Yoga for women’s empowerment - June 21: International Yoga Day

Yoga for women’s empowerment - June 21: International Yoga Day

By United Nations

This year marks the 10th International Day of Yoga with the theme “Yoga for Women's Empowerment”. The goal is to transform yoga into a widespread movement that emphasizes women’s wellbeing and promotes global health and peace.

Female empowerment aims to create a society in which all women can make their own choices and are able to act with confidence. Through regular yoga practice, women not only can tone their bodies, but can also cultivate a sense of mental resilience and determination, empowering them in various stages of their lives. Yoga's focus on mindful breathing, meditation and gentle movement helps calm the nervous system, lower stress hormone levels, and promote a sense of inner peace. Regular practice fosters mental wellbeing and emotional resilience.

What is Yoga and why do we celebrate it?

Yoga is an ancient physical, mental and spiritual practice that originated in India. The word “yoga” derives from Sanskrit and means to join or to unite, symbolizing the union of body and consciousness. 

Today, it is practiced in various forms around the world and continues to grow in popularity.

Recognizing its universal appeal, on December 11, 2014, the United Nations proclaimed June 21 as the International Day of Yoga by resolution 69/131.

The International Day of Yoga aims to raise awareness worldwide of the many benefits of practicing yoga. 

The draft resolution establishing the International Day of Yoga was proposed by India and endorsed by a record 175 member states. The proposal was first introduced by Prime Minister Narendra Modi in his address during the opening of the 69th session of the General Assembly, in which he said: “Yoga is an invaluable gift from our ancient tradition. Yoga embodies unity of mind and body, thought and action ... a holistic approach [that] is valuable to our health and our wellbeing. Yoga is not just about exercise; it is a way to discover the sense of oneness with yourself, the world and the nature”.

The resolution notes “the importance of individuals and populations making healthier choices and following lifestyle patterns that foster good health”. In this regard, the World Health Organization has also urged its member states to help their citizens reduce physical inactivity, which is among the top ten leading causes of death worldwide, and a key risk factor for non-communicable diseases, such as cardiovascular diseases, cancer and diabetes. But yoga is more than a physical activity. In the words of one of its most famous practitioners, the late B. K. S. Iyengar, “Yoga cultivates the ways of maintaining a balanced attitude in day-to-day life and endows skill in the performance of one’s actions.”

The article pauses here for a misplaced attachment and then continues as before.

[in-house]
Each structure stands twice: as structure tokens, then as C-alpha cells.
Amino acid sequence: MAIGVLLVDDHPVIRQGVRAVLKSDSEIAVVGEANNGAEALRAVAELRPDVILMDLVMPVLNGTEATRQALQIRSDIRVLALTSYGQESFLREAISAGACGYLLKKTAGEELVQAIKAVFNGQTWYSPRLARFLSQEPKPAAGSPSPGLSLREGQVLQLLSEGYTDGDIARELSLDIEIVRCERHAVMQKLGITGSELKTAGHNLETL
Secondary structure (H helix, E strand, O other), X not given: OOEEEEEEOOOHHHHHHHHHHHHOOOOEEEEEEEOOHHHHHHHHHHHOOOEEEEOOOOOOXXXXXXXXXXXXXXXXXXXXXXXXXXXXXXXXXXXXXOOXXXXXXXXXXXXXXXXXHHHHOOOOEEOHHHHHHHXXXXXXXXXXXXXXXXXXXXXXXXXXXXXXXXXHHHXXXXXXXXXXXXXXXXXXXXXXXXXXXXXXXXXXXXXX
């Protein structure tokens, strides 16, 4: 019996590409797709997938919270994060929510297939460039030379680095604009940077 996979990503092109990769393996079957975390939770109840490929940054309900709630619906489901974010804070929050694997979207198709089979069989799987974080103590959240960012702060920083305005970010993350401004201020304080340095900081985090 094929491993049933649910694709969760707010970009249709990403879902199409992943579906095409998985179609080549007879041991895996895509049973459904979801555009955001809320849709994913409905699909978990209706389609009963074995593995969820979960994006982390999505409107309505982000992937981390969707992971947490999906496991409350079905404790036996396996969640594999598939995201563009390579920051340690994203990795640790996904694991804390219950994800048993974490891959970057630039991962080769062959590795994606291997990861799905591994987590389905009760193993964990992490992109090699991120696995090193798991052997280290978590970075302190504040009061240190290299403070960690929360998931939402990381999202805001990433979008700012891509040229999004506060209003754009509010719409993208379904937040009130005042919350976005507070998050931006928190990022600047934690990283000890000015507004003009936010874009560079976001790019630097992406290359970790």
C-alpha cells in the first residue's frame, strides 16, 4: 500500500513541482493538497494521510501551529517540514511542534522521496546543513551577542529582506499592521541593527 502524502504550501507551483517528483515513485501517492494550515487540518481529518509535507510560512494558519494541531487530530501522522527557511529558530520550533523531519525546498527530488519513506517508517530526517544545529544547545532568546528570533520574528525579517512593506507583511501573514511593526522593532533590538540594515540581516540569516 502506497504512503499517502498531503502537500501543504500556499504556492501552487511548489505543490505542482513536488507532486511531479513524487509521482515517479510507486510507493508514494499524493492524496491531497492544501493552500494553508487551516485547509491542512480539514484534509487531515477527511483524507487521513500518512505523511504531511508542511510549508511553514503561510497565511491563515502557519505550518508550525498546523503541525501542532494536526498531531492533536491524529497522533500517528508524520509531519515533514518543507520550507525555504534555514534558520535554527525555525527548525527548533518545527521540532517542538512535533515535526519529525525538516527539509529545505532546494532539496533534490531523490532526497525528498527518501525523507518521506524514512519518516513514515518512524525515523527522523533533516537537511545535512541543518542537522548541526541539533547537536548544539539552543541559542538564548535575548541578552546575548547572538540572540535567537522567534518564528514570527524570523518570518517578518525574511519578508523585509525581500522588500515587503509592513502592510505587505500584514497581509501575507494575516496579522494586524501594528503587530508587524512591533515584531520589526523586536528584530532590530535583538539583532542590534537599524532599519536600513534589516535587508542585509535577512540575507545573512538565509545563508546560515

Yoga in the intangible cultural heritage

Yoga was inscribed on UNESCO's Representative List of the Intangible Cultural Heritage of Humanity in 2016. The philosophy behind the ancient Indian practice of yoga has influenced various aspects of how society in India functions, whether it be in relation to areas such as health and medicine, or education and the arts. Based on unifying the mind with the body and soul to allow for greater mental, spiritual and physical wellbeing, the values of yoga form a major part of the community’s ethos.

Yoga app by WHO 

In 2021, the World Health Organization (WHO) in collaboration with the Government of India, launched WHO mYoga – a yoga app to help people stay active and healthy. The app contains a collection of videos and audio files to teach and accompany yoga practice, and is an easy-to-use and free tool for both people, who are trying yoga for the first time, and for those who already practice yoga regularly. No special equipment is needed, and users can learn or practice for between 3 and 45 minutes, so even busy people can use it to get active. The app was developed by BeHe@lthy BeMobile, a joint initiative between the World Health Organization and the International Telecommunication Union.

Celebrating International Days

International days and weeks are occasions to educate the public on issues of concern, to mobilize political will and resources to address global problems, and to celebrate and reinforce achievements of humanity. The existence of international days predates the establishment of the United Nations, but the UN has embraced them as a powerful advocacy tool.

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